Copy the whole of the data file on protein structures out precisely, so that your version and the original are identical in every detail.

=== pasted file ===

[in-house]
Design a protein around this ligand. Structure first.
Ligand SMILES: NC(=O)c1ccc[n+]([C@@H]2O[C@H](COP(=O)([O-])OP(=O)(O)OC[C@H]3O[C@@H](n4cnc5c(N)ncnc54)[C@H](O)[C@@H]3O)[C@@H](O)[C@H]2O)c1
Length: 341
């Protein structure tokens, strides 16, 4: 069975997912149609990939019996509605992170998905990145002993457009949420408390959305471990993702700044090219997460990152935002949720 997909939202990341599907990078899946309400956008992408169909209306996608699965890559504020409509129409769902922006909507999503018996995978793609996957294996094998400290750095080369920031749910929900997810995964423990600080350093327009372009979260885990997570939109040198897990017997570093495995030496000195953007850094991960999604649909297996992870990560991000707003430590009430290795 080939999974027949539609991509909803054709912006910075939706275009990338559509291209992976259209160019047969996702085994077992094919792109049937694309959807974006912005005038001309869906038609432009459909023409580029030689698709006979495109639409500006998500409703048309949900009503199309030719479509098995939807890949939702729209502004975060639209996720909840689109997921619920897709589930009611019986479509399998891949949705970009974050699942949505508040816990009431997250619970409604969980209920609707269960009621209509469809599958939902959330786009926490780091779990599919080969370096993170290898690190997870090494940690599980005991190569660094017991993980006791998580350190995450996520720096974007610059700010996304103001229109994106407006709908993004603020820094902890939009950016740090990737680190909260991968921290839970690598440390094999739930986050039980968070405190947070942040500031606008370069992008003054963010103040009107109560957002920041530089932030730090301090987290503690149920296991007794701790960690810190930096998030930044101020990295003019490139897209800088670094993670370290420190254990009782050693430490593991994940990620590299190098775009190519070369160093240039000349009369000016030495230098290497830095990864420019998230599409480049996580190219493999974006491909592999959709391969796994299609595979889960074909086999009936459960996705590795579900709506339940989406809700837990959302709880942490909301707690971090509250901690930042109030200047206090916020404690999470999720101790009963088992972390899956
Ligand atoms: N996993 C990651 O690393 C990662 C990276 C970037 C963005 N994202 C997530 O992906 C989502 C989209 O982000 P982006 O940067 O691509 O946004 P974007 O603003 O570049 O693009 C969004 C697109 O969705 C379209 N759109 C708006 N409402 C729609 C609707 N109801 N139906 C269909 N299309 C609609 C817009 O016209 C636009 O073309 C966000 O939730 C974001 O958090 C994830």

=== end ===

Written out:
[in-house]
Design a protein around this ligand. Structure first.
Ligand SMILES: NC(=O)c1ccc[n+]([C@@H]2O[C@H](COP(=O)([O-])OP(=O)(O)OC[C@H]3O[C@@H](n4cnc5c(N)ncnc54)[C@H](O)[C@@H]3O)[C@@H](O)[C@H]2O)c1
Length: 341
């Protein structure tokens, strides 16, 4: 069975997912149609990939019996509605992170998905990145002993457009949420408390959305471990993702700044090219997460990152935002949720 997909939202990341599907990078899946309400956008992408169909209306996608699965890559504020409509129409769902922006909507999503018996995978793609996957294996094998400290750095080369920031749910929900997810995964423990600080350093327009372009979260885990997570939109040198897990017997570093495995030496000195953007850094991960999604649909297996992870990560991000707003430590009430290795 080939999974027949539609991509909803054709912006910075939706275009990338559509291209992976259209160019047969996702085994077992094919792109049937694309959807974006912005005038001309869906038609432009459909023409580029030689698709006979495109639409500006998500409703048309949900009503199309030719479509098995939807890949939702729209502004975060639209996720909840689109997921619920897709589930009611019986479509399998891949949705970009974050699942949505508040816990009431997250619970409604969980209920609707269960009621209509469809599958939902959330786009926490780091779990599919080969370096993170290898690190997870090494940690599980005991190569660094017991993980006791998580350190995450996520720096974007610059700010996304103001229109994106407006709908993004603020820094902890939009950016740090990737680190909260991968921290839970690598440390094999739930986050039980968070405190947070942040500031606008370069992008003054963010103040009107109560957002920041530089932030730090301090987290503690149920296991007794701790960690810190930096998030930044101020990295003019490139897209800088670094993670370290420190254990009782050693430490593991994940990620590299190098775009190519070369160093240039000349009369000016030495230098290497830095990864420019998230599409480049996580190219493999974006491909592999959709391969796994299609595979889960074909086999009936459960996705590795579900709506339940989406809700837990959302709880942490909301707690971090509250901690930042109030200047206090916020404690999470999720101790009963088992972390899956
Ligand atoms: N996993 C990651 O690393 C990662 C990276 C970037 C963005 N994202 C997530 O992906 C989502 C989209 O982000 P982006 O940067 O691509 O946004 P974007 O603003 O570049 O693009 C969004 C697109 O969705 C379209 N759109 C708006 N409402 C729609 C609707 N109801 N139906 C269909 N299309 C609609 C817009 O016209 C636009 O073309 C966000 O939730 C974001 O958090 C994830």